Friday, August 29, 2008

Ecuador orders broadcasters to transmit government programs

Ecuador has ordered television and radio stations to transmit government programmes that inform the public about a plan to reform the constitution that will bolster President Rafael Correa’s powers. In a letter, the education ministry told the country’s media watchdog to enforce a law that obliges private radio and television stations to broadcast up to one hour of state-run educational programming every day. It was not clear what sanctions broadcasters could face if they do not transmit the spots.
Short programmes will be broadcast three times a day, sometimes during prime-time, and would likely help Correa rally support before the 28 September referendum for a constitution that would give him greater sway over the economy. The leftist leader is inching closer to the 50 percent majority he needs to pass the reform, recent polls show. “We consider the broadcasting of the proposed constitution crucial for the citizens’ education,” the ministry said in the letter. The ministry said programmes should start today.
Some broadcasters said they feared the government could use the programmes for electoral purposes, and were evaluating whether to obey the order. ”I’m talking to the owners of concessions and they think it is a very odd (order) amid an electoral process,” Nicolas Vega, the head of an association of private television stations told Reuters. “We are still evaluating the order.”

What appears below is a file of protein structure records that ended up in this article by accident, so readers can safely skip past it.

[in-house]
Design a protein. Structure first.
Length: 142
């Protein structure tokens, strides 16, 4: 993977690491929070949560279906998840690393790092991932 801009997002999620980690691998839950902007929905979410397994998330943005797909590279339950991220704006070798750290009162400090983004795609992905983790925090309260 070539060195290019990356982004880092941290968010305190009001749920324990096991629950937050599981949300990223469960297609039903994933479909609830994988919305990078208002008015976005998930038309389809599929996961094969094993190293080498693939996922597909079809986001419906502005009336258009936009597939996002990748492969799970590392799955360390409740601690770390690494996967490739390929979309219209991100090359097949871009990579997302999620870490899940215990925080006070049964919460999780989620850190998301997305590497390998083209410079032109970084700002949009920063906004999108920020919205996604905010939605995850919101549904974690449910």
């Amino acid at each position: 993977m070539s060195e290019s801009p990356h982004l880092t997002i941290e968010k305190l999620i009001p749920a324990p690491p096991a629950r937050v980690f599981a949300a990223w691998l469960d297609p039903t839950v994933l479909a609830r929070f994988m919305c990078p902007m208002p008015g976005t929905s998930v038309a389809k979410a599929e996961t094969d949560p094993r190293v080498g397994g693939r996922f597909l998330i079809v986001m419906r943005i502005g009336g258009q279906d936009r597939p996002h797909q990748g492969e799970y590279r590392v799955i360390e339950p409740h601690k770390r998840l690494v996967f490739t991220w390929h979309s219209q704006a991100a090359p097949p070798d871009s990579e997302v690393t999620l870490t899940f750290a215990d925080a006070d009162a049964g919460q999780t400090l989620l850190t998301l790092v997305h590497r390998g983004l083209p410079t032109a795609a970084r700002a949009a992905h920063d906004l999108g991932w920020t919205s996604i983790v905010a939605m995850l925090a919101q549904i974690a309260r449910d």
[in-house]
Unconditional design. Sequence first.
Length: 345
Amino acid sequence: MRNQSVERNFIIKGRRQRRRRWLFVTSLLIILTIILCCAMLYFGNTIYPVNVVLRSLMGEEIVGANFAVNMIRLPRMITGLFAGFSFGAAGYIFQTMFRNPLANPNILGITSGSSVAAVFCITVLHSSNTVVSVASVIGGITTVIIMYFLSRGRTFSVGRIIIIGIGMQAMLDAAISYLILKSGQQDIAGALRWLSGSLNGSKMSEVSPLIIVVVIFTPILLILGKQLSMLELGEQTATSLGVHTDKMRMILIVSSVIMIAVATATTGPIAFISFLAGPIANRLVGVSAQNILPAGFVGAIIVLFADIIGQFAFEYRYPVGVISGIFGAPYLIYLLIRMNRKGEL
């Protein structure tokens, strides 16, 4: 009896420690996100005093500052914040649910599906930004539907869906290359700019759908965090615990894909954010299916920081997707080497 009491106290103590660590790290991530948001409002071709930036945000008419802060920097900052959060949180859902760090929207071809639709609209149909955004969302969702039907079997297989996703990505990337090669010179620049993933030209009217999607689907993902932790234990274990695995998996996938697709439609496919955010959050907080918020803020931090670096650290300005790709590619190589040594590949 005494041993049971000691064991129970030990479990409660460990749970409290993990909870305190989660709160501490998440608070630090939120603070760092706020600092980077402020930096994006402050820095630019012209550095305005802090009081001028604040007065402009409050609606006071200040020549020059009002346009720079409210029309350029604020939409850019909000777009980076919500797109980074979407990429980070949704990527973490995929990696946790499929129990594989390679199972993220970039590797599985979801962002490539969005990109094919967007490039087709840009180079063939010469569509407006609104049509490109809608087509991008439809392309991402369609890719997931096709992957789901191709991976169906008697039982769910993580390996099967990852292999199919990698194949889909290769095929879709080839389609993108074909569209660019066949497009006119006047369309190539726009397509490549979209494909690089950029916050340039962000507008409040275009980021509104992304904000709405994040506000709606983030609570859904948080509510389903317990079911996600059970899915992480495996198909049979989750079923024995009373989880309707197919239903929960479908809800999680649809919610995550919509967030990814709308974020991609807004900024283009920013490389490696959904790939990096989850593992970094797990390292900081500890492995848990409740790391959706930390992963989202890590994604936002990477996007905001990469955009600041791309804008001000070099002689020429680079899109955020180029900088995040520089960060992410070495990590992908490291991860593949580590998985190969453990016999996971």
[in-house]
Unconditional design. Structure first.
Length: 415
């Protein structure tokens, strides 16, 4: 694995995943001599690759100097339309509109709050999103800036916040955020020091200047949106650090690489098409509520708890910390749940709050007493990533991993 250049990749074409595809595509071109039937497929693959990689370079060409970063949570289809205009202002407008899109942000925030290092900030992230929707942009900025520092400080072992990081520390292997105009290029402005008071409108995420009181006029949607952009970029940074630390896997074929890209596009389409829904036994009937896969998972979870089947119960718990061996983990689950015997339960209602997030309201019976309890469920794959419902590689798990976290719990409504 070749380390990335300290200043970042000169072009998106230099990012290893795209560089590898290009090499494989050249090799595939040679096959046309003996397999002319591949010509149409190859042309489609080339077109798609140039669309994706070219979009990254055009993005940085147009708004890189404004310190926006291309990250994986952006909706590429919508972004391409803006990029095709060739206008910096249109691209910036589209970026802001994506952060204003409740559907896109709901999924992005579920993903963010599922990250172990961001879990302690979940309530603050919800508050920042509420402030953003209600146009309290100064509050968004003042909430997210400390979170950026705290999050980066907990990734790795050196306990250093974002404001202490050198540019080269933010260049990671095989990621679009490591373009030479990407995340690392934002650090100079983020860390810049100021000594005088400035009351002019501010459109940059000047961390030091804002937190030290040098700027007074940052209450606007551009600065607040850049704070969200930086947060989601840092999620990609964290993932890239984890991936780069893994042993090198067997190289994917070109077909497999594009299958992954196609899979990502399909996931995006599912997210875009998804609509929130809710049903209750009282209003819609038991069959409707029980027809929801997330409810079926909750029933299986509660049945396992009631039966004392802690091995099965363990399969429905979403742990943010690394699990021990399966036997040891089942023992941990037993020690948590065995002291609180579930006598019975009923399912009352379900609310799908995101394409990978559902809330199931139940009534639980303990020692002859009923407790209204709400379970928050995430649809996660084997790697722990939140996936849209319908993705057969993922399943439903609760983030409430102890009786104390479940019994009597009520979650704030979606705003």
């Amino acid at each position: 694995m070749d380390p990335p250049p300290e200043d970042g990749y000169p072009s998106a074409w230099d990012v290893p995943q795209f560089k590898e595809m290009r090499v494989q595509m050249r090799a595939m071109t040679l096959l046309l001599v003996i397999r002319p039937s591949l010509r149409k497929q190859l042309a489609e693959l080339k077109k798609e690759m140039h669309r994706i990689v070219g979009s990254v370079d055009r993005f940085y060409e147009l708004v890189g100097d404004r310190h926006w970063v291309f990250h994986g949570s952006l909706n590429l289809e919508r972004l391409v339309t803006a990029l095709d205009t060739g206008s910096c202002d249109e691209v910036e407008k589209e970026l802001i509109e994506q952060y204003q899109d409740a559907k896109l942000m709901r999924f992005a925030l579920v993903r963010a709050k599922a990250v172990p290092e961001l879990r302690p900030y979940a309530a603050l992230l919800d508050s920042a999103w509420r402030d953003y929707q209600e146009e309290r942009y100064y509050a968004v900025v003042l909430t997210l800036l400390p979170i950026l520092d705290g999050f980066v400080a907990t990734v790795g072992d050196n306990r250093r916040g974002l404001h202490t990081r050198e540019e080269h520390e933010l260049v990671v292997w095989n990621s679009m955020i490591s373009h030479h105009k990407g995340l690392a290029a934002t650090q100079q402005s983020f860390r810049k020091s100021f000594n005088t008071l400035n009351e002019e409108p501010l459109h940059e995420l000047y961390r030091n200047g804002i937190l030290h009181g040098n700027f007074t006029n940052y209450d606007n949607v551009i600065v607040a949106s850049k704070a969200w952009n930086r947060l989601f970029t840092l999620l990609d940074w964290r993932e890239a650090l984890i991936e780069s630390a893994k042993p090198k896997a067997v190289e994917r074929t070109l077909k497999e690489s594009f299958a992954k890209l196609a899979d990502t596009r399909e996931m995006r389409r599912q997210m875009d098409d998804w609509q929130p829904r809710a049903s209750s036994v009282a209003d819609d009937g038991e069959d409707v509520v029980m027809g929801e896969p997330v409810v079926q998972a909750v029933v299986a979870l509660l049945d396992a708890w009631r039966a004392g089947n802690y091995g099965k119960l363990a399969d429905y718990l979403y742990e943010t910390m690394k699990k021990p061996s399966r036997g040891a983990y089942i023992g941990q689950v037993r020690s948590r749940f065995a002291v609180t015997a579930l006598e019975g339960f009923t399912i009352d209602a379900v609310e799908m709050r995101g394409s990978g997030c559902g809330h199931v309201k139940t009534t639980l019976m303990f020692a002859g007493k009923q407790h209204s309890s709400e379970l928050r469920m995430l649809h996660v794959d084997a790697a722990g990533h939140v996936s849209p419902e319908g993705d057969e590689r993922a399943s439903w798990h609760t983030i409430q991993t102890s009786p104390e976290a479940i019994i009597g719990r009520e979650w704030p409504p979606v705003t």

Correa launched a public television and radio station this year and already broadcasts messages to the public via private TV and radio stations several times a week. Opposition politicians say Correa wants to increase state intervention in the media and accuse him of seeking dictatorial powers via the proposed constitution, which allows him to run for reelection once after one term.
Correa, who took office last year with a pledge to wrench power from old elites, has clashed repeatedly with the media. He accuses journalists of bias against him and says they protect the interests of economic groups opposed to his government. The 44-year-old US-trained economist, who is sometimes criticized for his abrasive style, even ejected a journalist from one his radio shows last year.
In July, Correa seized two national broadcasters as part of a mass confiscation of more than 200 companies owned by a local business group over a debt dispute with the state stemming from the late 1990s. The confiscation raised fears of state intervention in the media but was cheered by many in Ecuador who blame the companies for a decade-old banking collapse. If approved, the new constitution would bar bank owners from holding stakes in media outlets.
(Source: Reuters)
(Source: R Netherlands Media Network Weblog)